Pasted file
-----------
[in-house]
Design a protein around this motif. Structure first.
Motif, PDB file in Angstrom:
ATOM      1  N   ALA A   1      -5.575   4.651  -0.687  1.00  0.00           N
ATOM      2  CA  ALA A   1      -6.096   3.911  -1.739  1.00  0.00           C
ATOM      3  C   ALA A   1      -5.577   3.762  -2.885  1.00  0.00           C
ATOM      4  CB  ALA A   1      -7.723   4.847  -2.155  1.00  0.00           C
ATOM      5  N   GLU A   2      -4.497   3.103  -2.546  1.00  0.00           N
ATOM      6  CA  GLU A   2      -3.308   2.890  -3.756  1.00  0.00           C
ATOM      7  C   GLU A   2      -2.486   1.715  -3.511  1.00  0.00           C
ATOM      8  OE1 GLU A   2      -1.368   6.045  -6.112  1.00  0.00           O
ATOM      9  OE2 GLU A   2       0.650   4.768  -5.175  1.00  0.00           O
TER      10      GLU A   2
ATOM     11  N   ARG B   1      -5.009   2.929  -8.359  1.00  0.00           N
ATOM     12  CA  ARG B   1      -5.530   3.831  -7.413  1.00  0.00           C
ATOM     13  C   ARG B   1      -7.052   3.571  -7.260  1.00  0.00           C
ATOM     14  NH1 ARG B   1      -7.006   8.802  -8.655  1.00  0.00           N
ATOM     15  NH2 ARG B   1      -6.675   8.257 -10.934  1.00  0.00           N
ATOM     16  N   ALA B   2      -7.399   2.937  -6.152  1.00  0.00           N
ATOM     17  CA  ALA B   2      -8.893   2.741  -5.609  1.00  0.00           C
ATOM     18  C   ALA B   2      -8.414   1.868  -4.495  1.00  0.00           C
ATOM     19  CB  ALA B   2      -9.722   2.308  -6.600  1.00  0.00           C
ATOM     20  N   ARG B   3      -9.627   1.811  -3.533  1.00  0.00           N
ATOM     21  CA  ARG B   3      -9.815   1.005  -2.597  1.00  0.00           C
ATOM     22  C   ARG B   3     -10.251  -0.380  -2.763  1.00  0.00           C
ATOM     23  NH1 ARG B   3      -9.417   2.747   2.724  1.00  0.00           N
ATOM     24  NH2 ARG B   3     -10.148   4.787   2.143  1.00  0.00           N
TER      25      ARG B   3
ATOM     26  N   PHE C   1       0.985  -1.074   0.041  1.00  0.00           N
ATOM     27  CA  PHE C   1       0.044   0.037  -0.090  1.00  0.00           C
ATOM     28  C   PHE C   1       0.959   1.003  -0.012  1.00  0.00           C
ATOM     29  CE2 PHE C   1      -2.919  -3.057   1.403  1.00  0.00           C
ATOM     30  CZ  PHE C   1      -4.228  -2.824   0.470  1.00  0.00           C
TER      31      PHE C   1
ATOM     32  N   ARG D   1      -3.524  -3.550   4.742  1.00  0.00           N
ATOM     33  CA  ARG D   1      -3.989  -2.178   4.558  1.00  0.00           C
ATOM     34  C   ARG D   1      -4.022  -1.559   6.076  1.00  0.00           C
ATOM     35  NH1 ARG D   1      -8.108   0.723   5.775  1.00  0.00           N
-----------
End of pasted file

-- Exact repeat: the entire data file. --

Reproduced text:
[in-house]
Design a protein around this motif. Structure first.
Motif, PDB file in Angstrom:
ATOM      1  N   ALA A   1      -5.575   4.651  -0.687  1.00  0.00           N
ATOM      2  CA  ALA A   1      -6.096   3.911  -1.739  1.00  0.00           C
ATOM      3  C   ALA A   1      -5.577   3.762  -2.885  1.00  0.00           C
ATOM      4  CB  ALA A   1      -7.723   4.847  -2.155  1.00  0.00           C
ATOM      5  N   GLU A   2      -4.497   3.103  -2.546  1.00  0.00           N
ATOM      6  CA  GLU A   2      -3.308   2.890  -3.756  1.00  0.00           C
ATOM      7  C   GLU A   2      -2.486   1.715  -3.511  1.00  0.00           C
ATOM      8  OE1 GLU A   2      -1.368   6.045  -6.112  1.00  0.00           O
ATOM      9  OE2 GLU A   2       0.650   4.768  -5.175  1.00  0.00           O
TER      10      GLU A   2
ATOM     11  N   ARG B   1      -5.009   2.929  -8.359  1.00  0.00           N
ATOM     12  CA  ARG B   1      -5.530   3.831  -7.413  1.00  0.00           C
ATOM     13  C   ARG B   1      -7.052   3.571  -7.260  1.00  0.00           C
ATOM     14  NH1 ARG B   1      -7.006   8.802  -8.655  1.00  0.00           N
ATOM     15  NH2 ARG B   1      -6.675   8.257 -10.934  1.00  0.00           N
ATOM     16  N   ALA B   2      -7.399   2.937  -6.152  1.00  0.00           N
ATOM     17  CA  ALA B   2      -8.893   2.741  -5.609  1.00  0.00           C
ATOM     18  C   ALA B   2      -8.414   1.868  -4.495  1.00  0.00           C
ATOM     19  CB  ALA B   2      -9.722   2.308  -6.600  1.00  0.00           C
ATOM     20  N   ARG B   3      -9.627   1.811  -3.533  1.00  0.00           N
ATOM     21  CA  ARG B   3      -9.815   1.005  -2.597  1.00  0.00           C
ATOM     22  C   ARG B   3     -10.251  -0.380  -2.763  1.00  0.00           C
ATOM     23  NH1 ARG B   3      -9.417   2.747   2.724  1.00  0.00           N
ATOM     24  NH2 ARG B   3     -10.148   4.787   2.143  1.00  0.00           N
TER      25      ARG B   3
ATOM     26  N   PHE C   1       0.985  -1.074   0.041  1.00  0.00           N
ATOM     27  CA  PHE C   1       0.044   0.037  -0.090  1.00  0.00           C
ATOM     28  C   PHE C   1       0.959   1.003  -0.012  1.00  0.00           C
ATOM     29  CE2 PHE C   1      -2.919  -3.057   1.403  1.00  0.00           C
ATOM     30  CZ  PHE C   1      -4.228  -2.824   0.470  1.00  0.00           C
TER      31      PHE C   1
ATOM     32  N   ARG D   1      -3.524  -3.550   4.742  1.00  0.00           N
ATOM     33  CA  ARG D   1      -3.989  -2.178   4.558  1.00  0.00           C
ATOM     34  C   ARG D   1      -4.022  -1.559   6.076  1.00  0.00           C
ATOM     35  NH1 ARG D   1      -8.108   0.723   5.775  1.00  0.00           N